DEATH VALLEY NATIONAL PARK, Calif. – The driest place in North America became flooded this week when an atmospheric river storm drenched Death Valley National Park in California.
The storm dropped 1.5 inches of rainfall in just the four days between Sunday and Wednesday, rivaling the park’s annual average rainfall amount of nearly 2 inches, according to the National Park Service.
This downpour prompted the closure of several park roads after flash flooding on Tuesday night. Debris had to be removed from some roads to reopen them, but some side roads remain closed due to storm damage.
Park visitors are encouraged to check the Death Valley National Park website for the most up-to-date road closures and conditions information.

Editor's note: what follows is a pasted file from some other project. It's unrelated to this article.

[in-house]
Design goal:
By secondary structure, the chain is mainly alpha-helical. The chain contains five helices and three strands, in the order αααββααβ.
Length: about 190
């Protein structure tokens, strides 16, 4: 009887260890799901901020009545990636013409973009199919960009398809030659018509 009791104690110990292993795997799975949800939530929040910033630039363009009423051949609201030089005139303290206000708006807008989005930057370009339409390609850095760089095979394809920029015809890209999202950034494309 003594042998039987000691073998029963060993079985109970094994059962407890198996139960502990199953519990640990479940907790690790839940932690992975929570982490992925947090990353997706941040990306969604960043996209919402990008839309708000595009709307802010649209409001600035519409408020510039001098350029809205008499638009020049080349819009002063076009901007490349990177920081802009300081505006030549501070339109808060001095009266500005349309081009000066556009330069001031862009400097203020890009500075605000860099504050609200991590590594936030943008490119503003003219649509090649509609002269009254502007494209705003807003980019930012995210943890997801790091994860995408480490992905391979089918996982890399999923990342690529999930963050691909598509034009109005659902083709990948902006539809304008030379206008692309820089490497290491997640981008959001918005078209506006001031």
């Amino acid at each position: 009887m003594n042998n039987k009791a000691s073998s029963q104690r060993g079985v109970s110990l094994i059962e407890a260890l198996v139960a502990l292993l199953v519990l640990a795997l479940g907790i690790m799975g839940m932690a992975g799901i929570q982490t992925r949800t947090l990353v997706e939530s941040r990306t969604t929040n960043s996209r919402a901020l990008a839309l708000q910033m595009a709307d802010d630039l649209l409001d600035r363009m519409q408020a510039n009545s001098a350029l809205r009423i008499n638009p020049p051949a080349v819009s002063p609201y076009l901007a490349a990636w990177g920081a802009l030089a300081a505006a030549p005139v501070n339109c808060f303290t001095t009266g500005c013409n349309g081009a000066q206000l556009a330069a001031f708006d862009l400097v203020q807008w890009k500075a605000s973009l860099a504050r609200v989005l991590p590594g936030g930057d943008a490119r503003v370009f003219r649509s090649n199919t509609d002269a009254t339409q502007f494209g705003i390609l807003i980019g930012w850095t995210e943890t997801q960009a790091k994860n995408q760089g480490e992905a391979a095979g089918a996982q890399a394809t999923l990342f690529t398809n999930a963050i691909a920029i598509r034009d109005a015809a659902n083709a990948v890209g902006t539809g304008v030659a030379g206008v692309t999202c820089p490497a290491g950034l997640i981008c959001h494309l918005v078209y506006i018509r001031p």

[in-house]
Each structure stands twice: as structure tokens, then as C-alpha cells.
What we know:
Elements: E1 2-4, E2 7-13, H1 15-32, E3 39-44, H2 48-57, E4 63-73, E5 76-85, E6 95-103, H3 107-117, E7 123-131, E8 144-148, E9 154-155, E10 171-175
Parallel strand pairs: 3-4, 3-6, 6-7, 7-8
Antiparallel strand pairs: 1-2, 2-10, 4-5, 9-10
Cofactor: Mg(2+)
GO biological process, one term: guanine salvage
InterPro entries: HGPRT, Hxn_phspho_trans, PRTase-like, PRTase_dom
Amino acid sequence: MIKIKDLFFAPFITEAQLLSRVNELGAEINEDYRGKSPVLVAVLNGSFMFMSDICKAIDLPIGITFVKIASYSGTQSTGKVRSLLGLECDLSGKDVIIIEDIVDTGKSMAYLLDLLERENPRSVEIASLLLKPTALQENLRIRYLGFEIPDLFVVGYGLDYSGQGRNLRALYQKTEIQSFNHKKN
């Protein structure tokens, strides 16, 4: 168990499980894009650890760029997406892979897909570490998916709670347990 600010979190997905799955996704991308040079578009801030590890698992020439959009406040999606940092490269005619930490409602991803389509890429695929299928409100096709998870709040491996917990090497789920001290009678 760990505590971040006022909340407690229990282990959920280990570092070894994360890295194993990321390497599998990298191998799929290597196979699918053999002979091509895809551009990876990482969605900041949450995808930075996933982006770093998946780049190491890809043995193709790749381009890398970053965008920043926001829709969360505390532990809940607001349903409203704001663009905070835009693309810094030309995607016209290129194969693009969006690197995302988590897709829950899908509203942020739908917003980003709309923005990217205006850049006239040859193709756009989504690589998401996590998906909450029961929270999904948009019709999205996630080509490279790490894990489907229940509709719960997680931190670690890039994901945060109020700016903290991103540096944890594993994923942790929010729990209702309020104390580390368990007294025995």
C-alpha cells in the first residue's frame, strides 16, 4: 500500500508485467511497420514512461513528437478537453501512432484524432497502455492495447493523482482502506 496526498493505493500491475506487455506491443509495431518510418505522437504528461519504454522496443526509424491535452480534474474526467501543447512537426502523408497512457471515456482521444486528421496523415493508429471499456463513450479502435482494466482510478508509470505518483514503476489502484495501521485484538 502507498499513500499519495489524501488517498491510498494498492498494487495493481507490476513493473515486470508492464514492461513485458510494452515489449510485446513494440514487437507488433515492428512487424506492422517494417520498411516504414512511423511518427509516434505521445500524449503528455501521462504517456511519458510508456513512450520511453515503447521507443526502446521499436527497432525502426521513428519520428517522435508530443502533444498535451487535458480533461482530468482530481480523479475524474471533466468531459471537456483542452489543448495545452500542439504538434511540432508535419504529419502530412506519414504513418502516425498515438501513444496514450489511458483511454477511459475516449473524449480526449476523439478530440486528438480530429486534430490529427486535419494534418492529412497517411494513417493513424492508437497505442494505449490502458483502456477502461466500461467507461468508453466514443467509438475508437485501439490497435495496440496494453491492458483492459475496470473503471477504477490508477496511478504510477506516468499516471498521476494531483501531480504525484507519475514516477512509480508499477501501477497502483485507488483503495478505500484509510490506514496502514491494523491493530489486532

Flooding from the atmospheric river exacerbated storm damage at the park caused by the remnants of Hurricane Hilary on Aug. 20, when 2.2 inches of rain fell on the park in one day.
The recent floods have extended the life of a temporary lake that formed over a salt flat in the park’s Badwater Basin after the downpour from Hilary.
NPS officials said the lake measured 7 miles long, 4 miles wide and 2 feet deep at its largest. By late January, the lake had shrunk to about half that size and measured just inches deep.
"Most of us thought the lake would be gone by October," said park ranger Abby Wines. "We were shocked to see it still here after almost six months. This week’s rain will extend how long the lake is here. It’s too shallow to kayak in, but it makes amazing reflections of the mountains."
The storm contributed to another otherworldly sight in the driest place on the continent: snow. According to the NPS, snow fell down to about 4,000 feet in the park and left mountains covered in snow.
Park officials also noted that because of the storms, a "good bloom" is likely to occur during flower season at the park, which runs from late February through early April.
Original article source: Atmospheric river drops snow, floods roads in Death Valley National Park